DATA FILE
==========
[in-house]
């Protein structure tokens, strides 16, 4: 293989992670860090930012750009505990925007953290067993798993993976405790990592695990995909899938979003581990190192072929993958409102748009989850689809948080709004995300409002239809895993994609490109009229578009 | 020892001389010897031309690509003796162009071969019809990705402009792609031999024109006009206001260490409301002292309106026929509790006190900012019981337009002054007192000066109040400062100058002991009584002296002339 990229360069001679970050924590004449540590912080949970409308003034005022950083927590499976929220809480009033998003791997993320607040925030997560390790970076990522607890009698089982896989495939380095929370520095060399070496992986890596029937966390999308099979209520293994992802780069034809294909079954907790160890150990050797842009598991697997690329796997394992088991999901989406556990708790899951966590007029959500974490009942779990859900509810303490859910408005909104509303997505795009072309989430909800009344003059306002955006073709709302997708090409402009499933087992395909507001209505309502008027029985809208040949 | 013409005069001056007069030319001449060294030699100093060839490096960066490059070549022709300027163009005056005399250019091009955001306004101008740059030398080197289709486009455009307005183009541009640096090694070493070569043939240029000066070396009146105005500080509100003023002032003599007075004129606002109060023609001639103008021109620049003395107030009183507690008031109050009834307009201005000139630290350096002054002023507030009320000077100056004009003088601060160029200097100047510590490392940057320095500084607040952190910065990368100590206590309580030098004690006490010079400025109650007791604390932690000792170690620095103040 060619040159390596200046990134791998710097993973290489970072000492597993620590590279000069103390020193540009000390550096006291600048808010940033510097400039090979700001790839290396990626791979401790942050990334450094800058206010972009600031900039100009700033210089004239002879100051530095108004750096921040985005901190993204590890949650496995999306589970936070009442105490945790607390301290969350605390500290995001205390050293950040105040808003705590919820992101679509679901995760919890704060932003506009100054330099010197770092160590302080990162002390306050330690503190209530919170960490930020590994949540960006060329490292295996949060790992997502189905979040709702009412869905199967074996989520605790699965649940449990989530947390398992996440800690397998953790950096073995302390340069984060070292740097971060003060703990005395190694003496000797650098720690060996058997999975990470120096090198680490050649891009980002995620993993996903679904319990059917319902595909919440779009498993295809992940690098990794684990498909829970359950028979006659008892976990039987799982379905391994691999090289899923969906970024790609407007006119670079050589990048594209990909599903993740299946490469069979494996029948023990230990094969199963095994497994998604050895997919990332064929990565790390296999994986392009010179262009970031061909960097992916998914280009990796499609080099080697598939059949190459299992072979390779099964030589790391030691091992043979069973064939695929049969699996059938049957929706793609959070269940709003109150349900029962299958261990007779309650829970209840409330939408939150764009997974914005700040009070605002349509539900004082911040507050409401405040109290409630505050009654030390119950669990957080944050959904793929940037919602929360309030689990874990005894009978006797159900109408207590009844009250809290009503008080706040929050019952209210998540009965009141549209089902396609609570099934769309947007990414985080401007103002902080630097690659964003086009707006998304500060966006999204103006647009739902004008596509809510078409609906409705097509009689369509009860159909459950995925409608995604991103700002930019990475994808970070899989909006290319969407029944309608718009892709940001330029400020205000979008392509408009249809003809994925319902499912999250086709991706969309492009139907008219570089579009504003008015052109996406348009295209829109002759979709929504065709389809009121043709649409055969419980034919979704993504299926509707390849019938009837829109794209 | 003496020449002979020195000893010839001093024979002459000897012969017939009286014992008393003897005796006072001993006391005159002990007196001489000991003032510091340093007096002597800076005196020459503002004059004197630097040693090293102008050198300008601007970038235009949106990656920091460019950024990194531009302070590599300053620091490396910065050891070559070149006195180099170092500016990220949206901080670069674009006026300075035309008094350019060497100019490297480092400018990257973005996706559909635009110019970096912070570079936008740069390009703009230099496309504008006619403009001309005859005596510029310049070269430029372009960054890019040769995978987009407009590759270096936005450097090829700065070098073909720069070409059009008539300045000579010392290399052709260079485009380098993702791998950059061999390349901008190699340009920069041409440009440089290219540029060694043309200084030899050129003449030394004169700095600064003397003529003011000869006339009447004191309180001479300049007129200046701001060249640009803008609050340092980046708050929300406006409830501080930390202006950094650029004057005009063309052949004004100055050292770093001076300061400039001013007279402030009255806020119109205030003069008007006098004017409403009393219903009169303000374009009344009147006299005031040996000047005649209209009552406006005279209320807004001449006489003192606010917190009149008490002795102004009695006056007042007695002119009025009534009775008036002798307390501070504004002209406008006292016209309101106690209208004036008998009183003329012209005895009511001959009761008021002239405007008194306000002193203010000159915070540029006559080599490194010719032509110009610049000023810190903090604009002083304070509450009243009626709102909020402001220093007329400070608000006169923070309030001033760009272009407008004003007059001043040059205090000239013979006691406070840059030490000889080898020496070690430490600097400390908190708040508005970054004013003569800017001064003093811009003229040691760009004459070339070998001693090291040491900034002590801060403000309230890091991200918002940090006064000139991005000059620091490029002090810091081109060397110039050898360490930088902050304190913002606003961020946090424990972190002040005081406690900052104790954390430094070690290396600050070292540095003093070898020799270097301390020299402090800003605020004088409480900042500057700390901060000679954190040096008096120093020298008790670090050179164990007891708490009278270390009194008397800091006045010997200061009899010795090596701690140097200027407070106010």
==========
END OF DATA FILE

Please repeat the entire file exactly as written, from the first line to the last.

[in-house]
């Protein structure tokens, strides 16, 4: 293989992670860090930012750009505990925007953290067993798993993976405790990592695990995909899938979003581990190192072929993958409102748009989850689809948080709004995300409002239809895993994609490109009229578009 | 020892001389010897031309690509003796162009071969019809990705402009792609031999024109006009206001260490409301002292309106026929509790006190900012019981337009002054007192000066109040400062100058002991009584002296002339 990229360069001679970050924590004449540590912080949970409308003034005022950083927590499976929220809480009033998003791997993320607040925030997560390790970076990522607890009698089982896989495939380095929370520095060399070496992986890596029937966390999308099979209520293994992802780069034809294909079954907790160890150990050797842009598991697997690329796997394992088991999901989406556990708790899951966590007029959500974490009942779990859900509810303490859910408005909104509303997505795009072309989430909800009344003059306002955006073709709302997708090409402009499933087992395909507001209505309502008027029985809208040949 | 013409005069001056007069030319001449060294030699100093060839490096960066490059070549022709300027163009005056005399250019091009955001306004101008740059030398080197289709486009455009307005183009541009640096090694070493070569043939240029000066070396009146105005500080509100003023002032003599007075004129606002109060023609001639103008021109620049003395107030009183507690008031109050009834307009201005000139630290350096002054002023507030009320000077100056004009003088601060160029200097100047510590490392940057320095500084607040952190910065990368100590206590309580030098004690006490010079400025109650007791604390932690000792170690620095103040 060619040159390596200046990134791998710097993973290489970072000492597993620590590279000069103390020193540009000390550096006291600048808010940033510097400039090979700001790839290396990626791979401790942050990334450094800058206010972009600031900039100009700033210089004239002879100051530095108004750096921040985005901190993204590890949650496995999306589970936070009442105490945790607390301290969350605390500290995001205390050293950040105040808003705590919820992101679509679901995760919890704060932003506009100054330099010197770092160590302080990162002390306050330690503190209530919170960490930020590994949540960006060329490292295996949060790992997502189905979040709702009412869905199967074996989520605790699965649940449990989530947390398992996440800690397998953790950096073995302390340069984060070292740097971060003060703990005395190694003496000797650098720690060996058997999975990470120096090198680490050649891009980002995620993993996903679904319990059917319902595909919440779009498993295809992940690098990794684990498909829970359950028979006659008892976990039987799982379905391994691999090289899923969906970024790609407007006119670079050589990048594209990909599903993740299946490469069979494996029948023990230990094969199963095994497994998604050895997919990332064929990565790390296999994986392009010179262009970031061909960097992916998914280009990796499609080099080697598939059949190459299992072979390779099964030589790391030691091992043979069973064939695929049969699996059938049957929706793609959070269940709003109150349900029962299958261990007779309650829970209840409330939408939150764009997974914005700040009070605002349509539900004082911040507050409401405040109290409630505050009654030390119950669990957080944050959904793929940037919602929360309030689990874990005894009978006797159900109408207590009844009250809290009503008080706040929050019952209210998540009965009141549209089902396609609570099934769309947007990414985080401007103002902080630097690659964003086009707006998304500060966006999204103006647009739902004008596509809510078409609906409705097509009689369509009860159909459950995925409608995604991103700002930019990475994808970070899989909006290319969407029944309608718009892709940001330029400020205000979008392509408009249809003809994925319902499912999250086709991706969309492009139907008219570089579009504003008015052109996406348009295209829109002759979709929504065709389809009121043709649409055969419980034919979704993504299926509707390849019938009837829109794209 | 003496020449002979020195000893010839001093024979002459000897012969017939009286014992008393003897005796006072001993006391005159002990007196001489000991003032510091340093007096002597800076005196020459503002004059004197630097040693090293102008050198300008601007970038235009949106990656920091460019950024990194531009302070590599300053620091490396910065050891070559070149006195180099170092500016990220949206901080670069674009006026300075035309008094350019060497100019490297480092400018990257973005996706559909635009110019970096912070570079936008740069390009703009230099496309504008006619403009001309005859005596510029310049070269430029372009960054890019040769995978987009407009590759270096936005450097090829700065070098073909720069070409059009008539300045000579010392290399052709260079485009380098993702791998950059061999390349901008190699340009920069041409440009440089290219540029060694043309200084030899050129003449030394004169700095600064003397003529003011000869006339009447004191309180001479300049007129200046701001060249640009803008609050340092980046708050929300406006409830501080930390202006950094650029004057005009063309052949004004100055050292770093001076300061400039001013007279402030009255806020119109205030003069008007006098004017409403009393219903009169303000374009009344009147006299005031040996000047005649209209009552406006005279209320807004001449006489003192606010917190009149008490002795102004009695006056007042007695002119009025009534009775008036002798307390501070504004002209406008006292016209309101106690209208004036008998009183003329012209005895009511001959009761008021002239405007008194306000002193203010000159915070540029006559080599490194010719032509110009610049000023810190903090604009002083304070509450009243009626709102909020402001220093007329400070608000006169923070309030001033760009272009407008004003007059001043040059205090000239013979006691406070840059030490000889080898020496070690430490600097400390908190708040508005970054004013003569800017001064003093811009003229040691760009004459070339070998001693090291040491900034002590801060403000309230890091991200918002940090006064000139991005000059620091490029002090810091081109060397110039050898360490930088902050304190913002606003961020946090424990972190002040005081406690900052104790954390430094070690290396600050070292540095003093070898020799270097301390020299402090800003605020004088409480900042500057700390901060000679954190040096008096120093020298008790670090050179164990007891708490009278270390009194008397800091006045010997200061009899010795090596701690140097200027407070106010």